Vampires – In much the same way they have made Unicorns hew closer to their lore as potent magical beings, they have similarly tuned up the vampire (who did not need as much of a makeover). They’re still dangerous (CR 13), enough so that they’re pretty clearly laid out in the Dracula/Strahd school of design, with legendary actions, lairs, regional effects and so on (Strahd actually gets his own sidebar). This is a big V villain. And for all your lesser needs, Vampire spawn are a “mere” CR 5. Definitely a useful package.

Water Weird – Another very dungeoney monster, they’re interesting insofar as they tend neutral, but will tilt towards the water they inhabit (something which can make purify food and drink very situationally potent). They’re colorful – watery snakes, bound to guard sources of water – but there’s very little depth to them.

That said, there’s one interesting visual to these – they look a lot like larval Salamanders. In my head, this suggests some plane of water equivalent critters.

Wight – Ok, this is one of those cases where the art is kind of badass. The classic image of the hunched over figure is replaced by an armed and armored badass undead warrior, and the color supports that. These are warriors of undeath. And one mice touch – they have a life drain attack, but they also have more mundane attacks with weapons, so a fight with them is not just a touchiest.

Will o’ Wisp – Another super situational monster, I mostly go into this entry curious if it will be anything but a one trick pony. The answer? Not really. Well, ok, they have effectively a super coup de grace which is nasty, but otherwise they remain killer balls of light.

Wraith – If wights are soldiers, Wraiths are lieutenants, and I like that framing for them, since sit allows for smart undead villains at low levels. At CR5, a wraith makes a good background villain early on, limited only by the fact that their agendas are largely limited to “hate everything”. But with their ability to create specters, a single wraith is a great way to populate a dungeon and create a larger threat.

Wyvern – When you want something like a dragon that is not a dragon, the go with the time-tested brand; Wyvern! A little bit less necessary in modern play (they made more sense when dragons were less smoothly graded) but they make for a fun, tough fight, albeit on that is not as dangerous as, say, a manticore because despite their ability to fly, all their attacks are melee range, so flight is unlikely to be a real signature of a wyvern fight.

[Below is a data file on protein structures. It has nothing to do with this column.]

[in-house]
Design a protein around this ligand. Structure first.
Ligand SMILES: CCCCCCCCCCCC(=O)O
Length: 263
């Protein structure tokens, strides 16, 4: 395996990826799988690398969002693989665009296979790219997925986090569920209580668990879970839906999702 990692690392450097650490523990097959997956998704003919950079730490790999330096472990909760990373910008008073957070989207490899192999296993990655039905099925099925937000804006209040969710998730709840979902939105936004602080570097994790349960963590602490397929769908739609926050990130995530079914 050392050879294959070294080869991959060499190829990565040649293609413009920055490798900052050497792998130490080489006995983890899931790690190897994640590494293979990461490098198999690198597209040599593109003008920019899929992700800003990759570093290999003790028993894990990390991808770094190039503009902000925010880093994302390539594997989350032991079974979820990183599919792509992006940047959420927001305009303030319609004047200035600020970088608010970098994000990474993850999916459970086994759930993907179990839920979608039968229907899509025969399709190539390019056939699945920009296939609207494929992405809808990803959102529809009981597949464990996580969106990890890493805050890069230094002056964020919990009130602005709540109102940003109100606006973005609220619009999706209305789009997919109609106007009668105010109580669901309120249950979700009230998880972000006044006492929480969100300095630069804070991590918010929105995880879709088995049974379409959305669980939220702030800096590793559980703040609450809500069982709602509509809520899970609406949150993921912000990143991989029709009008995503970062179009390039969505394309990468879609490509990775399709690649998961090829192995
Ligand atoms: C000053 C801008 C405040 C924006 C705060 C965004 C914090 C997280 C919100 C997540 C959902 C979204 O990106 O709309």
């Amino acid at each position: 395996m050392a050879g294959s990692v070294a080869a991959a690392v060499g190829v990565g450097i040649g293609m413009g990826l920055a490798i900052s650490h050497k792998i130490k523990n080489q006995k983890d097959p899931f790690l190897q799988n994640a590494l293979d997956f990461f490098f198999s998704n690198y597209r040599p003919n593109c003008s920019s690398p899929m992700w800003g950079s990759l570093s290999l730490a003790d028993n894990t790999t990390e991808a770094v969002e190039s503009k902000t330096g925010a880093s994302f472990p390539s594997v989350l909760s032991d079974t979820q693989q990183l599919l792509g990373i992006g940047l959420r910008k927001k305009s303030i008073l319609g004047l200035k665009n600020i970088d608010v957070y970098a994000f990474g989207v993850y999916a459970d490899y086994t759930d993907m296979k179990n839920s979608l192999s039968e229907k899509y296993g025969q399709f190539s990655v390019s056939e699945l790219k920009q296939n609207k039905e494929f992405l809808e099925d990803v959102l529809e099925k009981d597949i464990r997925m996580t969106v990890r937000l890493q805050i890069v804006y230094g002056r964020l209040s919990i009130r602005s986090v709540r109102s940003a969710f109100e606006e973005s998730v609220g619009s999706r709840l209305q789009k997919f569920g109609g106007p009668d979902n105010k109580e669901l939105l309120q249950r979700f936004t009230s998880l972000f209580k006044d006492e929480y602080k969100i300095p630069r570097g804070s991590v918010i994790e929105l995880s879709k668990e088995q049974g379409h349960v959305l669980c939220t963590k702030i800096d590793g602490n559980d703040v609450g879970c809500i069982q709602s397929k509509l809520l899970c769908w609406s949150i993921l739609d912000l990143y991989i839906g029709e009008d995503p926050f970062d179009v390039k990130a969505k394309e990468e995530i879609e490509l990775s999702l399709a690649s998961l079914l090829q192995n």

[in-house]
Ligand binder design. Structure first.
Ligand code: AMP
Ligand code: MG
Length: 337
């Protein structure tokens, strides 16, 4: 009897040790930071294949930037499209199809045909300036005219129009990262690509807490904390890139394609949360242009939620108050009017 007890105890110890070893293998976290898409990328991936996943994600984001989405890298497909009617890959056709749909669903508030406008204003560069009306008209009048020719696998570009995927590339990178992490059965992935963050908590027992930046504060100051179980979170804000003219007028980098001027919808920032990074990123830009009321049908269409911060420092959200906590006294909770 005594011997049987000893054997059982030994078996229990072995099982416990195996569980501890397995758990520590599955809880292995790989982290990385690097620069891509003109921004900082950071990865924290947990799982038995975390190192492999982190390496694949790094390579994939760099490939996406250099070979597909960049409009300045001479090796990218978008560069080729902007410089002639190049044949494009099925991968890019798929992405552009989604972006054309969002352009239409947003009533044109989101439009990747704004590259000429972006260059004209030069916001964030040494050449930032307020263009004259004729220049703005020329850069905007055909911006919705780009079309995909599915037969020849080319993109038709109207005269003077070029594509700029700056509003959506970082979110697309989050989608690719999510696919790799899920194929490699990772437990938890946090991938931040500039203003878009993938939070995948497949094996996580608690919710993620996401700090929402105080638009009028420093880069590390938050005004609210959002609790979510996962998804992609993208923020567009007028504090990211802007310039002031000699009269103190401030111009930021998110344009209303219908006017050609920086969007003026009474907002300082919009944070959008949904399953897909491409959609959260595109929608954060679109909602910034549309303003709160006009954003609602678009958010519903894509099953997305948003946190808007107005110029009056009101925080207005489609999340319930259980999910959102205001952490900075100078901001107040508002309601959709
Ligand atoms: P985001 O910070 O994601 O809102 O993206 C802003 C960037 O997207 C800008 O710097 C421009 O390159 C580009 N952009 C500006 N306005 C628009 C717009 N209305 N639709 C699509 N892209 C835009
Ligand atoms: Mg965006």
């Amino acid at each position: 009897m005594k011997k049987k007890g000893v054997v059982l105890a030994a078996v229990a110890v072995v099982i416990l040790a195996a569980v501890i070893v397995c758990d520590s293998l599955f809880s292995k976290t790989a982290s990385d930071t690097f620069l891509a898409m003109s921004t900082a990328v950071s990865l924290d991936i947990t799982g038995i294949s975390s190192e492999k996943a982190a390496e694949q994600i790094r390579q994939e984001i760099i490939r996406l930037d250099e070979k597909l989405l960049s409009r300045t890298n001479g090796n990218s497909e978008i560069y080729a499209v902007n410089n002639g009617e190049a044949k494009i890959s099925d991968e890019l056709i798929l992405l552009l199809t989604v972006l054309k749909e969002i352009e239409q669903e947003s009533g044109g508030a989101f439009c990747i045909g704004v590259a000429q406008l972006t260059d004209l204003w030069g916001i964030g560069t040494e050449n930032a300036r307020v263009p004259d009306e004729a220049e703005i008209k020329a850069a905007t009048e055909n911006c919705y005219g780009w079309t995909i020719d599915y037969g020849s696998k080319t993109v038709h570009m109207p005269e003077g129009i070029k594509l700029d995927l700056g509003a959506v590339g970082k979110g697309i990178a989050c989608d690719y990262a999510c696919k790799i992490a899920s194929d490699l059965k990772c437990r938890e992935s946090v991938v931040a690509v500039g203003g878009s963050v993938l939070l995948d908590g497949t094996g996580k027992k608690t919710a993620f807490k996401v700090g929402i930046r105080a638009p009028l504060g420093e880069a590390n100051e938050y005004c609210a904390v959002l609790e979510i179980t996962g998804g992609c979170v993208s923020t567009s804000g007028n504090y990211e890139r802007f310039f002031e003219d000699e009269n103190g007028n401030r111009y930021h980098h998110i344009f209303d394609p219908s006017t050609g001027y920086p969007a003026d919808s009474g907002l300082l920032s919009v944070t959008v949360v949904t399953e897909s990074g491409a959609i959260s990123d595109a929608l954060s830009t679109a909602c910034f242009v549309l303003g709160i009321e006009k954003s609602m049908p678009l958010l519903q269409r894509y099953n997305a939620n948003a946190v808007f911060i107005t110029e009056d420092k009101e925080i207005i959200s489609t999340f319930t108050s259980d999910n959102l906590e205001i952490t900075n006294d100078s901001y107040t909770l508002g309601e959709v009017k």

Xorn – Fun to say, fun to play! This entry could have been a pretty dull gimmick monster – they glide through earth and stone and are tough brawlers – but the color added a wonderful touch. Xorn can sense treasure, and that’s historically drawn them to adventurers, which in the past has meant “Jump out of a wall and try to eat some gold”. But as written, they;’re described as “beggars and thieves” and I am utterly delighted at the prospect of playing his huge, multi-armed, gigantically mawed terror as kind of furtively approaching the party petulantly whining to be fed and then attacking later in a sulk if it doesn’t get what it wants. This is a really small thing, but it enriches the monster in a way a surprise roll never will.

Yeti – Ok, I was not expecting this one. It’s basically an environmental hazard of the mountains. Regular Yeti are CR 3, Abominable yeti are CR 9, so there’s a bit of pre-structured minions and boss to it, but in and of themselves they’re only so interesting. The strong environmental tie can probably be used to make them interesting (a snowstorm, low visibility, survival scenario could work well for example) but the entry doesn’t offer a lot of help for this.

Yuan-Ti – We’ve gotten the occasional mention of these guys (though fewer than the illithids) but they are clearly poised to occupy a specific villainous role of the ancient corrupt race which allows all the horribly racists stuff form a Howard or Lovecraft story only with actual monsters, not “swarthy” people. I guess that’s a good thing, but I’m not exactly the best judge.